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During the month of October, we will be highlighting Heifer's work to empower women in a series we're calling the Power of WE. The series began Oct. 4, and many of our posts will focus on women who are becoming entrepreneurs in their own right. Today we continue the series by hearing from one of our own, Petronella Halwiindi, the country director from Malawi.

From the day that she is born to the day she dies, the average rural African woman will never complete her primary education. She will never be allowed to make a decision on if and when she will be married or how many children she will have. The African woman lives a life in which she has little voice, little choice and very few opportunities to realize her full potential.

Decisions about how a young girl is raised, if or when she will get an education even her mother cannot make. She has no voice and no choice when her fate is decided for her… In many African cultures, women are relegated in the community; their voices silenced, their dreams squashed, their wishes buried. The role of women in the family and community is that of servitude. Women serve; women take care of the needs of the family, diligently, but little to no investment is made to help them reach their full potential. The fact that women’s voices are silenced hurts women, it hurts households, it holds back communities, it affects the whole world..

The African woman’s needs have to be met if we are going to make any meaningful strides towards ending hunger and poverty in Africa. She is the bone and muscle that tills the land, harvests the crops, takes care of the animals, even as she takes care of her family, and yet, she has no voice and no choice in how the benefits will be used.

She has dreams, she has hopes and she works hard so that her children will face a better tomorrow than her yesterday.

Heifer’s work in Malawi gives the rural woman hope that even she can have a better tomorrow. Through gifts of livestock and training, she is educated and enabled to realize her potential as an entrepreneur in agriculture. Our work is providing the rural woman of Malawi an opportunity to become an active participant in the socio-economics of the family and community. By building women’s social capital and giving them the opportunity to access productive resources, they are enabled to work collectively as producers and marketers of their farm produce.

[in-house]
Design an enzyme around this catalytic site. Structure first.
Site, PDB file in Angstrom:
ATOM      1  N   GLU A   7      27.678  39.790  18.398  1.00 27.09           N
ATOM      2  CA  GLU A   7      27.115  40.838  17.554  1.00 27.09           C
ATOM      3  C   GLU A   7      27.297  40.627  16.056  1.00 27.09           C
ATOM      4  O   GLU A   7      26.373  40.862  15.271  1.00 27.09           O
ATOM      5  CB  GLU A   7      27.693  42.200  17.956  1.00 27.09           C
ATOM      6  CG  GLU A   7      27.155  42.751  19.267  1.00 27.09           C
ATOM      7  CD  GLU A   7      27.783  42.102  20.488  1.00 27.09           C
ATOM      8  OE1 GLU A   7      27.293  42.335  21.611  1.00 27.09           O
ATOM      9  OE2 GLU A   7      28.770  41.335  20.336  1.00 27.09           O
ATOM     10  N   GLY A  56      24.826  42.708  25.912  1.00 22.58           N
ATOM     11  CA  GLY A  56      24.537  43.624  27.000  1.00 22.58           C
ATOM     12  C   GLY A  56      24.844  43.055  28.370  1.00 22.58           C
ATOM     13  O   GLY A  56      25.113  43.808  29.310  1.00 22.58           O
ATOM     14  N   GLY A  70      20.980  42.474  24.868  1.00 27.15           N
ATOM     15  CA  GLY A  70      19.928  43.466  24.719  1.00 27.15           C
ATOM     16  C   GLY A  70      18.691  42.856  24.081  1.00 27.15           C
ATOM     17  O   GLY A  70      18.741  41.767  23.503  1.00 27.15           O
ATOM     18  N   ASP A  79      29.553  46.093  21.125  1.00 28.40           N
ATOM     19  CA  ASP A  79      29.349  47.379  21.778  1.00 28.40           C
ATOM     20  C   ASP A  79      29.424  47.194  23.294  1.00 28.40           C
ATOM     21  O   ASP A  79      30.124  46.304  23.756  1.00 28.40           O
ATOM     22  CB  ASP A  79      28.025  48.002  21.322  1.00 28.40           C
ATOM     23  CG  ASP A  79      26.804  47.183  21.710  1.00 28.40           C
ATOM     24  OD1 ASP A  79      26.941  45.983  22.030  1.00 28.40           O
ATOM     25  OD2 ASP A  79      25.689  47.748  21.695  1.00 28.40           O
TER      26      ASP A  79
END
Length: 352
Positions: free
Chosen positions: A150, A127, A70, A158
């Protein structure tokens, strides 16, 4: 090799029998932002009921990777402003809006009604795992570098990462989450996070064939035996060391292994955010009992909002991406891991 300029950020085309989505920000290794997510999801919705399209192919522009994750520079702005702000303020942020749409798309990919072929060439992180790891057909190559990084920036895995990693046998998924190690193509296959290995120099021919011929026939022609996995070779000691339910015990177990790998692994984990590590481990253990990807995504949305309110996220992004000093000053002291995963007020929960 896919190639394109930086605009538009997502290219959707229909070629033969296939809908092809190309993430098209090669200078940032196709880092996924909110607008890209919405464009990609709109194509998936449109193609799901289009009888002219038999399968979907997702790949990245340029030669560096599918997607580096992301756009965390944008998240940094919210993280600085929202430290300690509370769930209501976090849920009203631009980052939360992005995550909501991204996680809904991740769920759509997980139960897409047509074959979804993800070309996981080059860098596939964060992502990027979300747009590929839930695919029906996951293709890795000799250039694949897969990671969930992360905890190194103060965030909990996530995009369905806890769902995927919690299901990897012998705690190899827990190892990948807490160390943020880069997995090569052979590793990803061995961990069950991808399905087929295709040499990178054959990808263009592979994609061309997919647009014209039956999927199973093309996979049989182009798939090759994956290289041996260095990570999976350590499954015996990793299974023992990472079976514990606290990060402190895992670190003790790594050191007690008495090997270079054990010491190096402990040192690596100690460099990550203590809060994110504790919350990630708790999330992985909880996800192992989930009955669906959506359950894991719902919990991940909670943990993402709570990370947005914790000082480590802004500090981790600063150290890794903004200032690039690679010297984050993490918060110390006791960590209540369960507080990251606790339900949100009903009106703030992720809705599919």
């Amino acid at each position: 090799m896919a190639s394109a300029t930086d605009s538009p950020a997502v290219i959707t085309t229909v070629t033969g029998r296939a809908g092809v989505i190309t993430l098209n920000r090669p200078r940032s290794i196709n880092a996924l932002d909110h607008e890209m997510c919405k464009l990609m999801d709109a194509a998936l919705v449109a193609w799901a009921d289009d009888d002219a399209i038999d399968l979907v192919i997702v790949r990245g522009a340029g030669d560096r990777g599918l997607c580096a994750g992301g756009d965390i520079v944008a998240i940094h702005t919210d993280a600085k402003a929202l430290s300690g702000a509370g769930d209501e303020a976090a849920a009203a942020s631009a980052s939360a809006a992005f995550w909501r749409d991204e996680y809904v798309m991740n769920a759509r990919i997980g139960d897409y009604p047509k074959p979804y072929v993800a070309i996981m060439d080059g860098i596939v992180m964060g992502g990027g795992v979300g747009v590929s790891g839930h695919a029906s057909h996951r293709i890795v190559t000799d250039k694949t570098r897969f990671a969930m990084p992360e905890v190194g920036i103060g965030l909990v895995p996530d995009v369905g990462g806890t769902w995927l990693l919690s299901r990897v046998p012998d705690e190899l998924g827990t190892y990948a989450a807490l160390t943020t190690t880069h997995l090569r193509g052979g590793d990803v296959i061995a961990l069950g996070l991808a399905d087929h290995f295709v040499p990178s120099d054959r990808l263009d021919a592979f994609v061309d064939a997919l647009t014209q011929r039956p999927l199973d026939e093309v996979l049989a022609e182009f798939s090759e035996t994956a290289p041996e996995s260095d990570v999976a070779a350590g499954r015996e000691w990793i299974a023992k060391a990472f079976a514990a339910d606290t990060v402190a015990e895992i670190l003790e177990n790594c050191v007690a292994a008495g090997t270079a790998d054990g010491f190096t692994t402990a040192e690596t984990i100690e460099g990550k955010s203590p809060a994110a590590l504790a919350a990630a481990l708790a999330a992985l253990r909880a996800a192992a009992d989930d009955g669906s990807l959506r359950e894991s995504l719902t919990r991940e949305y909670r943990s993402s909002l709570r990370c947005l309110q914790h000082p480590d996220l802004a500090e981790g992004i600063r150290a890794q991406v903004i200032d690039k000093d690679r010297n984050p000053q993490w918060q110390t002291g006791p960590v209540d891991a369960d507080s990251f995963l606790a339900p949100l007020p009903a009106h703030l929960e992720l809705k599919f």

By empowering the rural woman with skills and resources that move her from her ‘dependant’ role to contributing to the economics of her household and community, she has found her voice. Her husband, children and community can now see her worth and they can listen when she speaks. She can take a stand and choose for her girl child to receive an education just like her brothers.

Her health and that of her family is preserved. She has access to safe drinking water; she can cook for her family in a decent smoke-free kitchen and she doesn’t have to walk long distances to fetch firewood because she has an energy-efficient stove.

I want to share the story of Joan Zulu, married to Flavious Zulu with whom she has 6 children. They live in Mkhomba Chikwera village in Mchinji. The family received a gift of a dairy in heifer in November 2011, and they called her Tadala (meaning we’ve been blessed). Tadala has indeed been a blessing to Joan and her family… Joan can now afford to have electricity in her house, even piped water. She has become an employer and can afford to pay for extra labor to support her growing enterprises. She has diversified from growing peanuts to being a dairy farmer, and most recently she started a tree-planting business that led to her being identified as one of the suppliers of tree seedlings to a local NGO, Total Land Care.

Her daughter, Tamanda, who is 14 has not been married off, but has gone on to her first year in high-school and expected to graduate before she turns 18.

Joan’s success is not hers alone, she continues to pass on the gift.

Heifer has been helping many women like Joan that now inspire their families and communities. Their voices are being heard, their choices trusted, and they are allowed to take the opportunities that unfold as they continue on their path to realize their full potential.

Halwiindi gave this speech at our Beyond Hunger event in Los Angeles in September. Promote women's empowerment by giving a gift to a woman struggling to provide for her family.  


Annie Bergman

Annie Bergman is a Global Communications Manager and helps plan, assign and develop content for the nonprofit’s website, magazine and blog. Bergman has interviewed survivors of the Khmer Rouge in Cambodia, beekeepers in Honduras, women’s groups in India and war widows in Kosovo, among many others in her six years at Heifer.